Sunday, April 24, 2005

UAE Labor Roundup - Khaleej Times

[Emphasis added.]

Item 1a: Labor Minister: UAE "heading for a demographic collapse" as the expat labour force continues to balloon leaving UAE nationals far behind is to be taken seriously. A team of experts must be formed to study this peculiar and dangerous problem confronting the country and draw up a strategy that will ensure a slow but steady reduction in the growing foreign blue collar workforce.

Item 1b: The Ministry of Labour and Social Affairs will soon come up with a mechanism which would facilitate smooth labour transaction and cut down on procedural delays involving Immigration and Residence authorities.

Item 2a: Health authorities in Abu Dhabi came under fire by employees of a government department who accused them of discriminating between national and non-national employees in rendering health services. The employees were angered by the authorities’ decision to exclude expatriate employees from a free cholesterol testing offered only to nationals. The medical check-up included blood pressure, diabetes and cholesterol testing. While expatriates were entitled to undergo testing for blood pressure and diabetes only, national employees were allowed to avail of all three tests.

Whew. Give one group a 25% pay increase and another group 15% based on nationality, and you stir up some anger.

Item 2b: Labour authorities here have warned foreign companies that transferring staff from one branch to another in a different emirate was not permissible unless certain conditions were complied with. “Shifting employees from one branch of a foreign company to another will not be considered as an internal procedure. It requires sponsorship transfer or temporary work permit,” source in the Ministry of Labour and Social Affairs told Khaleej Times yesterday. “If a Ministry Inspector arrests an employee whose visa is for a branch in an emirate other than the one he is working for, he will charged with violating Labour Laws and will be held accountable for working with sponsors other than his,” the official warned. The official clarified that transfer of staff would be dealt with as an internal administrative procedure only in cases where the company is owned by a national.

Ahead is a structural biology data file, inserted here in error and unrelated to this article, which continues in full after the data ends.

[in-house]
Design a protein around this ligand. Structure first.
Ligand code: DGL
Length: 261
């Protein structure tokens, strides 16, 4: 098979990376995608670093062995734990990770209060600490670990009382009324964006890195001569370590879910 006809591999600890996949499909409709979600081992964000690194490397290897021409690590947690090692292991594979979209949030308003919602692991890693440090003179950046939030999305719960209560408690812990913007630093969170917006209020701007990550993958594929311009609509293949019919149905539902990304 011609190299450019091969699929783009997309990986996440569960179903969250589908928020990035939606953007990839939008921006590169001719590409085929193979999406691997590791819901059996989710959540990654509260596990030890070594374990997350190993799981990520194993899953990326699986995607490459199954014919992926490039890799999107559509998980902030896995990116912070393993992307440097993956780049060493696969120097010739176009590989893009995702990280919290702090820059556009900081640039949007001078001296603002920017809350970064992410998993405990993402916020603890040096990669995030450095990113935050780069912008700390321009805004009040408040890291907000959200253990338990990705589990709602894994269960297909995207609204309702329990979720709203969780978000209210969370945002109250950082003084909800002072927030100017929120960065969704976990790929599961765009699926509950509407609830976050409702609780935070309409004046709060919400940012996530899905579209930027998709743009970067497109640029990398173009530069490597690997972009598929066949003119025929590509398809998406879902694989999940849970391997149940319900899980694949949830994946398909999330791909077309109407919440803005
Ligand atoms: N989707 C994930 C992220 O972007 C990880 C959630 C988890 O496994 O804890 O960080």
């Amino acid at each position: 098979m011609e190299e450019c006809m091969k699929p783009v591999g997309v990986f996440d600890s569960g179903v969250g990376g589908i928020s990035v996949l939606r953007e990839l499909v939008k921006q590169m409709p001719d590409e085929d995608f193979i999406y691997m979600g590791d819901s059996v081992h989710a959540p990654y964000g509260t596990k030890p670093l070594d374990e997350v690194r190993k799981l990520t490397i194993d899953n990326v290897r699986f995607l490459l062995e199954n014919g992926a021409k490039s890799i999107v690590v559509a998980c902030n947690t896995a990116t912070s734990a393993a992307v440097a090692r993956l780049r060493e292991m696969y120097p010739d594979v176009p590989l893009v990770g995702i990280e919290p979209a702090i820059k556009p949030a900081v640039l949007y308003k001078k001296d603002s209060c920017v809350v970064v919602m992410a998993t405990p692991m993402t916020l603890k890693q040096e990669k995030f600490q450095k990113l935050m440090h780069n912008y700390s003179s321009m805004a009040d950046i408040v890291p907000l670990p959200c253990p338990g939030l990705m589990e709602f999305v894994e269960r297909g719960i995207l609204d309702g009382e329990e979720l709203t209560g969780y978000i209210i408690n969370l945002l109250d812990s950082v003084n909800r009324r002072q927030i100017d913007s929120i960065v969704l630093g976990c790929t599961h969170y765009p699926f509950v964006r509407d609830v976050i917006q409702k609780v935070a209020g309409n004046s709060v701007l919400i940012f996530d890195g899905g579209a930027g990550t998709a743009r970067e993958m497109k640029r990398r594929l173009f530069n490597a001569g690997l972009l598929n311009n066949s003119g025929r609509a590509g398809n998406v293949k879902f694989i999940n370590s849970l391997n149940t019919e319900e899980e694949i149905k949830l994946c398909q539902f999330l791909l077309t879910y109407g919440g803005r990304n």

Thus, not only are there interfirm job mobility restrictions for non nationals, we now learn there are intrafirm job mobility restrictions. I wonder if these restrictions reveal a lot about local politics, and the kind of confederation the United Arab Emirates are living into.

Item 3a: Labour disputes between locals ‘rare’.

Disputes between nationals are probably rare because if contracts are violated, nationals can more readily and costlessly pursue enforcement. Thus, their contracts are less likely to be violated in the first instance.

Item 3b: A group of 49 labourers from a construction company staged a sit-in strike at RAK Labour Department (RLD) yesterday, complaining against pending salaries and other accumulated dues over the last several months. The workers alleged that the company did not pay them their salaries for several months, besides forcing them, in blatant violation of labour laws and regulations, to pay residency and work permit fees.

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